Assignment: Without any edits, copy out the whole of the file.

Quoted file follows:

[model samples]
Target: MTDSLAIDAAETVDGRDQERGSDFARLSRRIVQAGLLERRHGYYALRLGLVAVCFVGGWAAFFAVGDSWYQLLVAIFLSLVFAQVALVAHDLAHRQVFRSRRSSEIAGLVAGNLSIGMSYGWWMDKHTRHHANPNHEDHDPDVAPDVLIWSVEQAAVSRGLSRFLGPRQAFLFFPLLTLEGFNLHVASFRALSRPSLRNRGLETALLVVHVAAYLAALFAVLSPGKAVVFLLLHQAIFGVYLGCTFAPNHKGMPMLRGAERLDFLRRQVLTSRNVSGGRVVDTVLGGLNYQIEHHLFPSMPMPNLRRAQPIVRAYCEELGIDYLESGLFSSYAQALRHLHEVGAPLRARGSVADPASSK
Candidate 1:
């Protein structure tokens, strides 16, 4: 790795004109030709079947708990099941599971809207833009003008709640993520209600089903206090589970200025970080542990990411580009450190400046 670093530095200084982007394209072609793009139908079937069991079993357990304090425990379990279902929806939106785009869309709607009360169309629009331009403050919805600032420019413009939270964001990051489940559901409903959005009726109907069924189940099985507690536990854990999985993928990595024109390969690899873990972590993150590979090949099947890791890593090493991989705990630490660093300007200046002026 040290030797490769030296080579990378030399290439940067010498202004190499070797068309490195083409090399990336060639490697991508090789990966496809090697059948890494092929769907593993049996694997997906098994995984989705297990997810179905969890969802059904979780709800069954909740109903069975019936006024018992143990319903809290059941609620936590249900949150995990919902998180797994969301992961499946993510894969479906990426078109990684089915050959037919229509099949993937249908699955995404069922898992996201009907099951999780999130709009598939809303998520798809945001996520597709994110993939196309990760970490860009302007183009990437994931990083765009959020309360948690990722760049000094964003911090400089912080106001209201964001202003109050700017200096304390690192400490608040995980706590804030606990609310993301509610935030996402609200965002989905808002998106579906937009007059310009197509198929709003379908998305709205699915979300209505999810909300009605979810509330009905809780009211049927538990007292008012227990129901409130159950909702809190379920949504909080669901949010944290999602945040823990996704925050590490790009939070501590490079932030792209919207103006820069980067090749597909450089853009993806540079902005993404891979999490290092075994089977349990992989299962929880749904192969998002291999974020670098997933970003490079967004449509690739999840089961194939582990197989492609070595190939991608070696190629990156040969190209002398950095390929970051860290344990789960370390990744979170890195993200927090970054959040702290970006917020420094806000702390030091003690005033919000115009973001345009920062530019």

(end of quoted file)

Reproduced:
[model samples]
Target: MTDSLAIDAAETVDGRDQERGSDFARLSRRIVQAGLLERRHGYYALRLGLVAVCFVGGWAAFFAVGDSWYQLLVAIFLSLVFAQVALVAHDLAHRQVFRSRRSSEIAGLVAGNLSIGMSYGWWMDKHTRHHANPNHEDHDPDVAPDVLIWSVEQAAVSRGLSRFLGPRQAFLFFPLLTLEGFNLHVASFRALSRPSLRNRGLETALLVVHVAAYLAALFAVLSPGKAVVFLLLHQAIFGVYLGCTFAPNHKGMPMLRGAERLDFLRRQVLTSRNVSGGRVVDTVLGGLNYQIEHHLFPSMPMPNLRRAQPIVRAYCEELGIDYLESGLFSSYAQALRHLHEVGAPLRARGSVADPASSK
Candidate 1:
């Protein structure tokens, strides 16, 4: 790795004109030709079947708990099941599971809207833009003008709640993520209600089903206090589970200025970080542990990411580009450190400046 670093530095200084982007394209072609793009139908079937069991079993357990304090425990379990279902929806939106785009869309709607009360169309629009331009403050919805600032420019413009939270964001990051489940559901409903959005009726109907069924189940099985507690536990854990999985993928990595024109390969690899873990972590993150590979090949099947890791890593090493991989705990630490660093300007200046002026 040290030797490769030296080579990378030399290439940067010498202004190499070797068309490195083409090399990336060639490697991508090789990966496809090697059948890494092929769907593993049996694997997906098994995984989705297990997810179905969890969802059904979780709800069954909740109903069975019936006024018992143990319903809290059941609620936590249900949150995990919902998180797994969301992961499946993510894969479906990426078109990684089915050959037919229509099949993937249908699955995404069922898992996201009907099951999780999130709009598939809303998520798809945001996520597709994110993939196309990760970490860009302007183009990437994931990083765009959020309360948690990722760049000094964003911090400089912080106001209201964001202003109050700017200096304390690192400490608040995980706590804030606990609310993301509610935030996402609200965002989905808002998106579906937009007059310009197509198929709003379908998305709205699915979300209505999810909300009605979810509330009905809780009211049927538990007292008012227990129901409130159950909702809190379920949504909080669901949010944290999602945040823990996704925050590490790009939070501590490079932030792209919207103006820069980067090749597909450089853009993806540079902005993404891979999490290092075994089977349990992989299962929880749904192969998002291999974020670098997933970003490079967004449509690739999840089961194939582990197989492609070595190939991608070696190629990156040969190209002398950095390929970051860290344990789960370390990744979170890195993200927090970054959040702290970006917020420094806000702390030091003690005033919000115009973001345009920062530019």